In a Newton's cradle, when the ball on the end strikes the others it sends the one on the opposite end into the air. But why are the balls in the middle so calm?

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You've probably seen this contraption before: Five small silver balls hang in a perfectly straight line by thin threads that attach them to two parallel horizontal bars, which are in turn attached to a base. They sit on office desks around the world.

If you pull a ball up and out and then release it, it falls back and collides with the others with a loud click. Then, instead of all four remaining balls swinging out, only the ball on the opposite end jumps forward, leaving its comrades behind, hanging still. That ball slows to a stop and then falls back, and all five are briefly reunited before the first ball is pushed away from the group again.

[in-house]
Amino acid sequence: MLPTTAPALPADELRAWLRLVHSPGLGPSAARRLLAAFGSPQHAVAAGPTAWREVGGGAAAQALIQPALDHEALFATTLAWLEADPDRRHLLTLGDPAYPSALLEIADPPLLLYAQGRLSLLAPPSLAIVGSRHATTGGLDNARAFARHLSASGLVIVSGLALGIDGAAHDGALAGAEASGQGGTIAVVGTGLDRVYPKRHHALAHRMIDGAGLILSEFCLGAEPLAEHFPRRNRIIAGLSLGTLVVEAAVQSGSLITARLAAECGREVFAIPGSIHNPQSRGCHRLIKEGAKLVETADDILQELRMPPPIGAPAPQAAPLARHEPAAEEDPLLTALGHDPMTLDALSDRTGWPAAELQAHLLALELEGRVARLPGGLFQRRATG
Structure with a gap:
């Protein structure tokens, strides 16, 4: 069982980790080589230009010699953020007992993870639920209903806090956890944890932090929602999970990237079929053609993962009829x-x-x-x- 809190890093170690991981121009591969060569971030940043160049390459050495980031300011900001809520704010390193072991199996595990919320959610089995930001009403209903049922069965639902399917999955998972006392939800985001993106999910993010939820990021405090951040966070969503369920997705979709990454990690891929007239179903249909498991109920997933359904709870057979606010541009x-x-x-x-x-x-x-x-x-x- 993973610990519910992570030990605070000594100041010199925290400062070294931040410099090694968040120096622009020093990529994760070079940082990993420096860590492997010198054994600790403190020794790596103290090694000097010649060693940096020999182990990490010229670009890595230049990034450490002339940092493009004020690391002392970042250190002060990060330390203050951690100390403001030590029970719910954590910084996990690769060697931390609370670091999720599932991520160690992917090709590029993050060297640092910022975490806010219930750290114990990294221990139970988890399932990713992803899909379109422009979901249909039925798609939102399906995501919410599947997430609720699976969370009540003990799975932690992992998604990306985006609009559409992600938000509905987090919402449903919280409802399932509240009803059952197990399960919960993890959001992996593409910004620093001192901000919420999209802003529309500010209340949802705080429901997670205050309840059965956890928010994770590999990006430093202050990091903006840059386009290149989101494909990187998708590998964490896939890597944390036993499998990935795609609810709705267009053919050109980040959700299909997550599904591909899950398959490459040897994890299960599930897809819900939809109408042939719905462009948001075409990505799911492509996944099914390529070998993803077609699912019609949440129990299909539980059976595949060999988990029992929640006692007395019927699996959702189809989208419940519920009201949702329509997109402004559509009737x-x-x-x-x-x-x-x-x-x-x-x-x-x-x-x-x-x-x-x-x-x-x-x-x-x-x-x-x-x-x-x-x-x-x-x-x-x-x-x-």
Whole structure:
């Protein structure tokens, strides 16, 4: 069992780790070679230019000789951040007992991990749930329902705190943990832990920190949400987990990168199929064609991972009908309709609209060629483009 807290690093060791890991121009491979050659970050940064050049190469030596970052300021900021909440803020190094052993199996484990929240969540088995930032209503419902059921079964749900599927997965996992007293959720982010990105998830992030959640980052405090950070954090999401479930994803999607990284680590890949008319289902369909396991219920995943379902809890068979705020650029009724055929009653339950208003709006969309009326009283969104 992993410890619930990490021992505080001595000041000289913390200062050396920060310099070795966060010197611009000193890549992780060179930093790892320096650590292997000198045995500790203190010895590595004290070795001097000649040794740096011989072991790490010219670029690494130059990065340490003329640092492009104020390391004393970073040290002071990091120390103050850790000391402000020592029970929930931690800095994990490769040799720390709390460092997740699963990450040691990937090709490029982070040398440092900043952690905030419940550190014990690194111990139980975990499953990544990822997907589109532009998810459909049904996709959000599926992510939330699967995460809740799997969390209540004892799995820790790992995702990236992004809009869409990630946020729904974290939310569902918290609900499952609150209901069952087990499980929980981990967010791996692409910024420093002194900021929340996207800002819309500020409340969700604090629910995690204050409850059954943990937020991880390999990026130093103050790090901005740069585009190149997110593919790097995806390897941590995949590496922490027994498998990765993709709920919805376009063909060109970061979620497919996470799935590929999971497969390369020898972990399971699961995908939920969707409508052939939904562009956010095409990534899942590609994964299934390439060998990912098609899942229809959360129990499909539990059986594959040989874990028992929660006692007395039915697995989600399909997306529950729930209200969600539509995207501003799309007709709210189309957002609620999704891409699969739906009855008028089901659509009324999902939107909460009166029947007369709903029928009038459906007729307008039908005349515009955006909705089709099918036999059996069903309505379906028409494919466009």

This is a Newton's cradle, also called a Newton's rocker or a ball clicker. It was so-named in 1967 by English actor Simon Prebble, in honor of his countryman and revolutionary physicist Isaac Newton.

Despite its seemingly simple design, the Newton's cradle and its swinging, clicking balls isn't just an ordinary desk toy. It is, in fact, an elegant demonstration of some of the most fundamental laws of physics and mechanics.

The toy illustrates the three main physics principles at work: conservation of energy, conservation of momentum and friction. In this article, we'll look at those principles, at elastic and inelastic collisions, and kinetic and potential energy. We'll also examine the work of such great thinkers as Rene Descartes, Christiaan Huygens and Isaac Newton himself.